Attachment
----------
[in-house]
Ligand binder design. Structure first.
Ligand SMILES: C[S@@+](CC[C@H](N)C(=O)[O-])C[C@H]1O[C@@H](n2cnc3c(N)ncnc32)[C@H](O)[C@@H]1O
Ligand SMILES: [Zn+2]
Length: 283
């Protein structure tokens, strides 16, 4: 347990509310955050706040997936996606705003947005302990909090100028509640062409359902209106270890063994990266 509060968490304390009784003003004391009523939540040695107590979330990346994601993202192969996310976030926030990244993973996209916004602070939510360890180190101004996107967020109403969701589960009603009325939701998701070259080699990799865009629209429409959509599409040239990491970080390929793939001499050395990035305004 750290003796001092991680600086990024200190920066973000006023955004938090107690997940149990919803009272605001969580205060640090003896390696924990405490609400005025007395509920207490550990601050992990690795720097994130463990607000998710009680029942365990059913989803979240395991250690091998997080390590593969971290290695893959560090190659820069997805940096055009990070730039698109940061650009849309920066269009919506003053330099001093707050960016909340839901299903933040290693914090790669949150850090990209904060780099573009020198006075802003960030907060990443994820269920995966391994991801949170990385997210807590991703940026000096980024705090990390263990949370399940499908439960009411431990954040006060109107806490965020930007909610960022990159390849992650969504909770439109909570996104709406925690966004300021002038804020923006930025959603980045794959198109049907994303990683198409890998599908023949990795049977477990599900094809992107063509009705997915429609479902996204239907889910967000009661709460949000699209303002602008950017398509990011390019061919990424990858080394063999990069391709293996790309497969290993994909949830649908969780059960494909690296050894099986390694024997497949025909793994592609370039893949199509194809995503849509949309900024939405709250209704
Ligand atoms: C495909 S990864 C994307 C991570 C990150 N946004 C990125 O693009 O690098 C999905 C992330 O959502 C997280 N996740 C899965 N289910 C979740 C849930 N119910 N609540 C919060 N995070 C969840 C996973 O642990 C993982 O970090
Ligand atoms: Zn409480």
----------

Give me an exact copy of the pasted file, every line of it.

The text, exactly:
[in-house]
Ligand binder design. Structure first.
Ligand SMILES: C[S@@+](CC[C@H](N)C(=O)[O-])C[C@H]1O[C@@H](n2cnc3c(N)ncnc32)[C@H](O)[C@@H]1O
Ligand SMILES: [Zn+2]
Length: 283
């Protein structure tokens, strides 16, 4: 347990509310955050706040997936996606705003947005302990909090100028509640062409359902209106270890063994990266 509060968490304390009784003003004391009523939540040695107590979330990346994601993202192969996310976030926030990244993973996209916004602070939510360890180190101004996107967020109403969701589960009603009325939701998701070259080699990799865009629209429409959509599409040239990491970080390929793939001499050395990035305004 750290003796001092991680600086990024200190920066973000006023955004938090107690997940149990919803009272605001969580205060640090003896390696924990405490609400005025007395509920207490550990601050992990690795720097994130463990607000998710009680029942365990059913989803979240395991250690091998997080390590593969971290290695893959560090190659820069997805940096055009990070730039698109940061650009849309920066269009919506003053330099001093707050960016909340839901299903933040290693914090790669949150850090990209904060780099573009020198006075802003960030907060990443994820269920995966391994991801949170990385997210807590991703940026000096980024705090990390263990949370399940499908439960009411431990954040006060109107806490965020930007909610960022990159390849992650969504909770439109909570996104709406925690966004300021002038804020923006930025959603980045794959198109049907994303990683198409890998599908023949990795049977477990599900094809992107063509009705997915429609479902996204239907889910967000009661709460949000699209303002602008950017398509990011390019061919990424990858080394063999990069391709293996790309497969290993994909949830649908969780059960494909690296050894099986390694024997497949025909793994592609370039893949199509194809995503849509949309900024939405709250209704
Ligand atoms: C495909 S990864 C994307 C991570 C990150 N946004 C990125 O693009 O690098 C999905 C992330 O959502 C997280 N996740 C899965 N289910 C979740 C849930 N119910 N609540 C919060 N995070 C969840 C996973 O642990 C993982 O970090
Ligand atoms: Zn409480």